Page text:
Vendor identity: Catalent could enter the CDMO elite with Repligen buy

Thermo Fisher branched out from bioprocess vendor to CDMO via M&A so could Catalent do the reverse through a speculative bid to buy Repligen?

Earlier this month, rumors emerged that Repligen rejected an unsolicited bid from contract development and manufacturing organization (CDMO) Catalent. According to the StreetInsider, Repligen viewed the offer as being too low, citing a source with knowledge of the matter.

Neither Catalent nor Repligen have commented on any rumored bid.

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But would a merger with Repligen make sense for Catalent? With Catalent’s ambitious growth strategy and the trajectory of the CDMO space, the answer must be yes.

Catalent itself has grown over the past decade beyond being a drug delivery tech supplier and a small molecule manufacturing services provider. These businesses still drive the CDMO’s top and bottom lines, and Catalent continues to support them – Catalent announced the acquisition of oral solid formulation CDMO Metrics Contract Services from Mayne Pharma Group for $475 million earlier this month.

But in 2019, Catalent’s business mix began to tip towards its biologics manufacturing services, a segment grown over the past decade through a mix of inhouse development and some major acquisitions, including the opening of a single-use site in Madison, Wisconsin in 2013, and the acquisition of Cook Pharmica in 2017.

And then the CDMO ventured headfirst into the burgeoning and pipeline-heavy cell and gene therapy sector, first by buying gene therapy CDMO Paragon Bioservices for $1.2 billion in 2019, and then growing the business through a string of deals (The list is extensive, and included: viral facilities from Novavax, cell therapy CDMO Masthercell, Skeletal Cell Therapy Support, RheinCell Therapeutics, Delphi Genetics).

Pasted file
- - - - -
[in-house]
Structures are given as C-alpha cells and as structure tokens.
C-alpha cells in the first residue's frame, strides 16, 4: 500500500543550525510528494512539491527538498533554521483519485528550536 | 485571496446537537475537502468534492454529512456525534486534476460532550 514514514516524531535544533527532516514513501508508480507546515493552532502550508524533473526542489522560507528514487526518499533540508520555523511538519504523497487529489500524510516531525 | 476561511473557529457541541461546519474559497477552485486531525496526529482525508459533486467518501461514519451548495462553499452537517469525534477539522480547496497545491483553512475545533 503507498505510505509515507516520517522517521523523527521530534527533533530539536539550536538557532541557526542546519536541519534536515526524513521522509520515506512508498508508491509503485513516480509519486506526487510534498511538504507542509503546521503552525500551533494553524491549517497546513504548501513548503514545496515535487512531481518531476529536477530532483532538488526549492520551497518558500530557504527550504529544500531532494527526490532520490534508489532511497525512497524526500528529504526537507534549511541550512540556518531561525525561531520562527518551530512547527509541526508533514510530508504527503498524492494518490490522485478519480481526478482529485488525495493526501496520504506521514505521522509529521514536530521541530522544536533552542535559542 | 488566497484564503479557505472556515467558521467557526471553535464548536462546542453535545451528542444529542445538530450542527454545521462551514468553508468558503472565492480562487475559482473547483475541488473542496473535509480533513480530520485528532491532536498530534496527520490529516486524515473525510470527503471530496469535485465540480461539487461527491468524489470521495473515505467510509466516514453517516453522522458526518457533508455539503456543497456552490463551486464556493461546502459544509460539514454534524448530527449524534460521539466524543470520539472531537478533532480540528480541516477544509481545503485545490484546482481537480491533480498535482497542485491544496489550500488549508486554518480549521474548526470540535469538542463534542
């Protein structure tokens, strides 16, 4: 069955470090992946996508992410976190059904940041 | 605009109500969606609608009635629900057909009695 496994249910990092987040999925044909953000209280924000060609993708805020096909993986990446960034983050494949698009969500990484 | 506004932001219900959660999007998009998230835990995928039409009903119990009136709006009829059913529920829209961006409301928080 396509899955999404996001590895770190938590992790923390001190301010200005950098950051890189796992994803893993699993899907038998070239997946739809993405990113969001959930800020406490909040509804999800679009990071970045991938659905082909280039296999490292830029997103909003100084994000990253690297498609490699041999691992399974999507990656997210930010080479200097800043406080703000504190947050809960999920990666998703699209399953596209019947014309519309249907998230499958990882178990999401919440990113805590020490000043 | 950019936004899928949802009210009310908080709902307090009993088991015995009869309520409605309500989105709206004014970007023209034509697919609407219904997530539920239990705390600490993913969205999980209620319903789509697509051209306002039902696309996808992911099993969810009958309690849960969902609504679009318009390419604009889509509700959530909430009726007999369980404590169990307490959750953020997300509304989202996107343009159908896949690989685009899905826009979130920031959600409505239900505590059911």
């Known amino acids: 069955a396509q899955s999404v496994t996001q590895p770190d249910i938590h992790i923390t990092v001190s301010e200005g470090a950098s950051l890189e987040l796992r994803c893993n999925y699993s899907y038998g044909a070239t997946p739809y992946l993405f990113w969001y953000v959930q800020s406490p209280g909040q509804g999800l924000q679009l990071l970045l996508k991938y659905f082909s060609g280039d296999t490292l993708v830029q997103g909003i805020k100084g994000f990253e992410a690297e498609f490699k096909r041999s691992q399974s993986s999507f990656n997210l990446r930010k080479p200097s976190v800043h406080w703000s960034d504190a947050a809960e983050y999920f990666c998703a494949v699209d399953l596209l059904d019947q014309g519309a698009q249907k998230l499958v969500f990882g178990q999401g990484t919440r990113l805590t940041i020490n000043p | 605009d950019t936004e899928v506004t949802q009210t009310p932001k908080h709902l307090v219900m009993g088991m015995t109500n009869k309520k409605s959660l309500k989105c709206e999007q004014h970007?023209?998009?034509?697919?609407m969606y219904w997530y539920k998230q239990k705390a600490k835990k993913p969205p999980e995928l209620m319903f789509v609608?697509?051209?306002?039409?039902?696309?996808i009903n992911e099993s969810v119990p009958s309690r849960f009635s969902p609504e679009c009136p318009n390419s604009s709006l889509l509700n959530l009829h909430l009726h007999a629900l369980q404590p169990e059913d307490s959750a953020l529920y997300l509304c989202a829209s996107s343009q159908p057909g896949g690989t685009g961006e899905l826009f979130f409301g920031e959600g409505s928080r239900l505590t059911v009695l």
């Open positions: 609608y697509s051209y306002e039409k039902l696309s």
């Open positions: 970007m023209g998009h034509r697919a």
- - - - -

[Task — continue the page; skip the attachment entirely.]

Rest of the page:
With a bullish move into these therapy areas, coupled with the a boost driven by pandemic-related demand, Catalent’s business mix has now swung fully in favor of protein-based biologics and cell and gene therapies, which represented 52% of revenue for fiscal year 2021. Catalent will announce full fiscal year 2022 results later this month.

Vendor transition

Repligen may sit in the shadow of the big four bioprocess vendors – Thermo Fisher, Danaher, MilliporeSigma, Sartorius – but the firm has successfully diversified its business beyond its chromatography resin heritage. Through heavy M&A activity, the firm has developed a full portfolio of upstream and downstream manufacturing technologies and equipment aimed at servicing biologics makers and – increasingly – the cell and gene therapy (CGT) sector.

The direct line to biomanufacturing equipment that would arise if Repligen fell under Catalent’s umbrella would place Catalent, therefore, in an enviable position within the CDMO space. In an industry which has seen significant strains within the supply chain – delays for some consumables are anecdotally 12 months or longer – having the promise of bioprocess tools and equipment on tap, and presumably at cost price, could make Catalent more advantageous to end-uses.

Thus, as it continues its rapid growth strategy, it would make operational sense if Catalent was pursuing a bioprocess vendor, such as Repligen. It would also place the CDMO among the elite of life science service firms.

Thermo Fisher, for example, offers the full gamut of biomanufacturing necessities, from capacity to equipment, by effectively doing the reverse of what Catalent is rumored to be attempting. It was a predominantly consumables and equipment firm that catapulted itself into the hands-on manufacturing space through the $7.2 billion acquisition of major CDMO Patheon in 2017, following this up by entering the CGT space in 2019 by buying Brammer Bio.

MilliporeSigma also has the dual equipment-capacity benefit, driven by parent company Merck KGaA, M&A activity (SigmaAldrich, for example), and heavy internal investment. Meanwhile, Danaher – which has become a major life science player thorough the acquisitions of Pall and Cytiva – has similarly begun building its manufacturing capabilities through the $9.6 billion acquisition of Aldevron last year.

However, whether Catalent continues its rumored bid to buy Repligen or even pursues a strategy to add a bioprocess portfolio to its offering remains subject to speculation. Catalent’s market cap is valued at $18.9 billion.

“A merger of equals seems unlikely,” wrote an analyst from Keybanc following the report. Repligen has a market cap of $14 billion and reported revenue of $670.5 million for the full year 2021.